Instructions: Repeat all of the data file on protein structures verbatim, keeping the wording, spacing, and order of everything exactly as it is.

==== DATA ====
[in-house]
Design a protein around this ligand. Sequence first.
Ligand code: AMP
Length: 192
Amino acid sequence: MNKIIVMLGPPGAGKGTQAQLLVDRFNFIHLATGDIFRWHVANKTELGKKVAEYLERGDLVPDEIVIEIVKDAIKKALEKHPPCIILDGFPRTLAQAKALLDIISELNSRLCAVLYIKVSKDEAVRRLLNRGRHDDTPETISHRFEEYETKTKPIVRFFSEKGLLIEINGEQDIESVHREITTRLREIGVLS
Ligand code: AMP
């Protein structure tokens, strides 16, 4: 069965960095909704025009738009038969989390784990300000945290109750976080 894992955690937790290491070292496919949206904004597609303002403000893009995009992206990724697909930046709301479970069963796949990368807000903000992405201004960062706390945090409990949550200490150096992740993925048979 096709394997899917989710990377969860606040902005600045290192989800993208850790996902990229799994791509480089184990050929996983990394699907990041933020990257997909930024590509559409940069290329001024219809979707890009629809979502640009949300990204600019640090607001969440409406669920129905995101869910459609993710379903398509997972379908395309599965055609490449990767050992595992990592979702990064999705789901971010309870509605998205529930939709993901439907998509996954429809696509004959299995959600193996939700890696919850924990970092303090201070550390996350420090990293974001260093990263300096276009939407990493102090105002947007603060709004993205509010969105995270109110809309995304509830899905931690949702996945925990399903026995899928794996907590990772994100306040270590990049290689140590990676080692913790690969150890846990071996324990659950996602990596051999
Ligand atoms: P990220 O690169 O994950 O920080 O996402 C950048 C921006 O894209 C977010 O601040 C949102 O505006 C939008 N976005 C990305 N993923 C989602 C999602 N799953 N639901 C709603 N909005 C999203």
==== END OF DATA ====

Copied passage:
[in-house]
Design a protein around this ligand. Sequence first.
Ligand code: AMP
Length: 192
Amino acid sequence: MNKIIVMLGPPGAGKGTQAQLLVDRFNFIHLATGDIFRWHVANKTELGKKVAEYLERGDLVPDEIVIEIVKDAIKKALEKHPPCIILDGFPRTLAQAKALLDIISELNSRLCAVLYIKVSKDEAVRRLLNRGRHDDTPETISHRFEEYETKTKPIVRFFSEKGLLIEINGEQDIESVHREITTRLREIGVLS
Ligand code: AMP
């Protein structure tokens, strides 16, 4: 069965960095909704025009738009038969989390784990300000945290109750976080 894992955690937790290491070292496919949206904004597609303002403000893009995009992206990724697909930046709301479970069963796949990368807000903000992405201004960062706390945090409990949550200490150096992740993925048979 096709394997899917989710990377969860606040902005600045290192989800993208850790996902990229799994791509480089184990050929996983990394699907990041933020990257997909930024590509559409940069290329001024219809979707890009629809979502640009949300990204600019640090607001969440409406669920129905995101869910459609993710379903398509997972379908395309599965055609490449990767050992595992990592979702990064999705789901971010309870509605998205529930939709993901439907998509996954429809696509004959299995959600193996939700890696919850924990970092303090201070550390996350420090990293974001260093990263300096276009939407990493102090105002947007603060709004993205509010969105995270109110809309995304509830899905931690949702996945925990399903026995899928794996907590990772994100306040270590990049290689140590990676080692913790690969150890846990071996324990659950996602990596051999
Ligand atoms: P990220 O690169 O994950 O920080 O996402 C950048 C921006 O894209 C977010 O601040 C949102 O505006 C939008 N976005 C990305 N993923 C989602 C999602 N799953 N639901 C709603 N909005 C999203």